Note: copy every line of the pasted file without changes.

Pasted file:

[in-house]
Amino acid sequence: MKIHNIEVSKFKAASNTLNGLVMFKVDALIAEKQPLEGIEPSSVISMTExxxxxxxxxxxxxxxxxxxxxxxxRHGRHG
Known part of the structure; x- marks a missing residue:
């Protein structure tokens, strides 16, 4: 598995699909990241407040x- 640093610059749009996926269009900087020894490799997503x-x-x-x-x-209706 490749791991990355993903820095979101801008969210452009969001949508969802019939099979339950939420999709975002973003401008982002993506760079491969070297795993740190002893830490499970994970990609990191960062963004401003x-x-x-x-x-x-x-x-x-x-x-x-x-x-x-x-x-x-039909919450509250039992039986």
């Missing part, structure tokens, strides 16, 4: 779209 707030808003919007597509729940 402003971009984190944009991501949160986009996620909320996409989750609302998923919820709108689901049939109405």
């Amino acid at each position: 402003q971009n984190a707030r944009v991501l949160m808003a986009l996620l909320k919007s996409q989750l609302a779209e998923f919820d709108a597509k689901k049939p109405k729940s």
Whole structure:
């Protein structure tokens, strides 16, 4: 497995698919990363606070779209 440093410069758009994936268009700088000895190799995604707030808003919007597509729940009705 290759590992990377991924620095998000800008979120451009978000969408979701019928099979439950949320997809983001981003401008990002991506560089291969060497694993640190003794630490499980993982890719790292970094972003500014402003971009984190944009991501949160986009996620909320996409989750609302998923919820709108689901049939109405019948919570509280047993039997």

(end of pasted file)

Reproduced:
[in-house]
Amino acid sequence: MKIHNIEVSKFKAASNTLNGLVMFKVDALIAEKQPLEGIEPSSVISMTExxxxxxxxxxxxxxxxxxxxxxxxRHGRHG
Known part of the structure; x- marks a missing residue:
């Protein structure tokens, strides 16, 4: 598995699909990241407040x- 640093610059749009996926269009900087020894490799997503x-x-x-x-x-209706 490749791991990355993903820095979101801008969210452009969001949508969802019939099979339950939420999709975002973003401008982002993506760079491969070297795993740190002893830490499970994970990609990191960062963004401003x-x-x-x-x-x-x-x-x-x-x-x-x-x-x-x-x-x-039909919450509250039992039986």
């Missing part, structure tokens, strides 16, 4: 779209 707030808003919007597509729940 402003971009984190944009991501949160986009996620909320996409989750609302998923919820709108689901049939109405």
């Amino acid at each position: 402003q971009n984190a707030r944009v991501l949160m808003a986009l996620l909320k919007s996409q989750l609302a779209e998923f919820d709108a597509k689901k049939p109405k729940s």
Whole structure:
């Protein structure tokens, strides 16, 4: 497995698919990363606070779209 440093410069758009994936268009700088000895190799995604707030808003919007597509729940009705 290759590992990377991924620095998000800008979120451009978000969408979701019928099979439950949320997809983001981003401008990002991506560089291969060497694993640190003794630490499980993982890719790292970094972003500014402003971009984190944009991501949160986009996620909320996409989750609302998923919820709108689901049939109405019948919570509280047993039997």